Resellers aren't institutions. Institutional orders are from schools for departmental/non-personal use, which are not made through the Apple Education Store, but through the Institutional Ordering program.

I'm going to disagree with you......I think you're ,isunderstanding and misinterpreting Apple's statement....you're missing the importance of the word "for" in Apple's statement......it doesn't say "no resale", rather it says "...are not for institutional purchase or resale.".....the word "for" clearly addresses the intention of the buyer and means you aren't allowed to buy the product with the purpose being "for" resale.....that's quite different than saying you can't sell the product after you've used it in your educational studies.

again, Apples' statement clearly addresses the intention of the buyer.

"resale" is a commonly understood term that refers to a type of retailing.....a merchant buys a product and then resells it with the intention of making a profit......people who engage in such activity are "resellers" and Apple is clearly saying that people buying for such a purpose are not eligible to buy through the education store.
 

matticus008

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w8ing4intelmacs said:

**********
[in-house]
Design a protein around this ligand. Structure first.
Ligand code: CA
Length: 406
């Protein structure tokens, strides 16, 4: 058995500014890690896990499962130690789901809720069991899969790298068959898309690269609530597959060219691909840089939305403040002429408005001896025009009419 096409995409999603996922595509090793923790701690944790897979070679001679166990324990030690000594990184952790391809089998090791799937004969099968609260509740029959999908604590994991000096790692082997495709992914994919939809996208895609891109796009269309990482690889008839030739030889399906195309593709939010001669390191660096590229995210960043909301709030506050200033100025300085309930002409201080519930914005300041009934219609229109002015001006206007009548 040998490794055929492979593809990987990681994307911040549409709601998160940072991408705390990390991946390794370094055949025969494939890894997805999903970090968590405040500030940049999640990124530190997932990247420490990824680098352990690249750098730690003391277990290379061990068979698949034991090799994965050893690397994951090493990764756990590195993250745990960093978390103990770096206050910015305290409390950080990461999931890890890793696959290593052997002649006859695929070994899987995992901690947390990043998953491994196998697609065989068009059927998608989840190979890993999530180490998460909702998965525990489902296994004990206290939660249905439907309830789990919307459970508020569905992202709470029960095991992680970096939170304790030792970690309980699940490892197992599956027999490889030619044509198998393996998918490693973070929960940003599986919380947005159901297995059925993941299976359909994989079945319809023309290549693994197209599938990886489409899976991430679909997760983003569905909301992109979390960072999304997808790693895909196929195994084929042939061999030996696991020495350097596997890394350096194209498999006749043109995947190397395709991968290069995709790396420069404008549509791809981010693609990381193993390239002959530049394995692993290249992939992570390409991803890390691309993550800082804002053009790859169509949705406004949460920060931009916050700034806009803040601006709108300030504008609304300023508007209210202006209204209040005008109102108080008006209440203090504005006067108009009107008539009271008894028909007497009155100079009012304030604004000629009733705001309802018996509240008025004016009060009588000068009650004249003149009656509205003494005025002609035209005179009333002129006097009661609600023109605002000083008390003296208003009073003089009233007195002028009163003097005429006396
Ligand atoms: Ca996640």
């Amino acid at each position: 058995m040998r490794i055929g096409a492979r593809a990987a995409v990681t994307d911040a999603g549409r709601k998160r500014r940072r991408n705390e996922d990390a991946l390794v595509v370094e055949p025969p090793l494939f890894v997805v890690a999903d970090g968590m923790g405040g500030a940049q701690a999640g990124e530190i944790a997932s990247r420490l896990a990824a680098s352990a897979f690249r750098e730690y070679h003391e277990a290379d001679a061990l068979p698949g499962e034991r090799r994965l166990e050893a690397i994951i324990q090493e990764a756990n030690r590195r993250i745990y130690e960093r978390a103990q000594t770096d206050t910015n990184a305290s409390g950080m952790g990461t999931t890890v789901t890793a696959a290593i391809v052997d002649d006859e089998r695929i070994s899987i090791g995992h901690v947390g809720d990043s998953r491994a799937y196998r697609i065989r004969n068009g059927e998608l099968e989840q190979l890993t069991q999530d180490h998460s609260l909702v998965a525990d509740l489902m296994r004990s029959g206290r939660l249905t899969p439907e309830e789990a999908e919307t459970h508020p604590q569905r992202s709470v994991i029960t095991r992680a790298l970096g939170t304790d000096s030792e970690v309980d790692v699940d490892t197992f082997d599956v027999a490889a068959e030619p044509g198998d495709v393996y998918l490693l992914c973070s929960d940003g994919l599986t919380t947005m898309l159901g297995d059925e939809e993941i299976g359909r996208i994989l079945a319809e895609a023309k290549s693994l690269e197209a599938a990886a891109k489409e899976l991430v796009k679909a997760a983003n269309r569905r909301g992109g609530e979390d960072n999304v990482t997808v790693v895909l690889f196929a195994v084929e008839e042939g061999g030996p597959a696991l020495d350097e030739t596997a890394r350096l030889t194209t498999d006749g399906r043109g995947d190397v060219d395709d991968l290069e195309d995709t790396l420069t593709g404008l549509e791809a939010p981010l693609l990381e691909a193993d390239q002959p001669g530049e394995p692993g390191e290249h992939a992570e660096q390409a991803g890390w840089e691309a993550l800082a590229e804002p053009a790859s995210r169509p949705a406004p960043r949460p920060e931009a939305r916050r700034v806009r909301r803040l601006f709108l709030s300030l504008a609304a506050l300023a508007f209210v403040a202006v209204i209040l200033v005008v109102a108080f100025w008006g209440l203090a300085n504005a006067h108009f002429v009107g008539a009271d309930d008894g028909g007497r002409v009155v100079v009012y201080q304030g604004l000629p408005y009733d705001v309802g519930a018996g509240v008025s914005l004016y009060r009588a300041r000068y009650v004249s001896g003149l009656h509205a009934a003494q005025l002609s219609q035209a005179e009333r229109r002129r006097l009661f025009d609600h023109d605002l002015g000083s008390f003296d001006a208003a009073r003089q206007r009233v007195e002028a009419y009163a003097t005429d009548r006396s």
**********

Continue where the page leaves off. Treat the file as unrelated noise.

Maybe, but not the one you're thinking of. It is referring to institutional purchases and institutional resale.
False parallelism. Modifiers do not carry over in legal documents. "Institutional purchase" and "resale" are separate entities. Rules of English parallelism would require the terms to state "institutional resale" if that is the intended meaning.

No court would ever come down with a judgment that would prohibit someone from selling their personal property ("You are hereby sentenced to keep your Mac for the rest of your life.")
Not entirely true. There exists a massive number of products and personal purchases which have special conditions associated with them. When you pay a discounted price, there are consequences and tradeoffs. At the developer store, that's a rule that you have to own the machine one year before reselling. Here, the rules clearly state no resale. Again, that's not necessarily their intent, and it's obviously not something they enforce, but a rule is a rule. Just because everyone always drives 50mph on a given street with a posted limit of 35 doesn't mean the speed limit is 50.

"resale" is a commonly understood term that refers to a type of retailing.....a merchant buys a product and then resells it with the intention of making a profit......people who engage in such activity are "resellers" and Apple is clearly saying that people buying for such a purpose are not eligible to buy through the education store.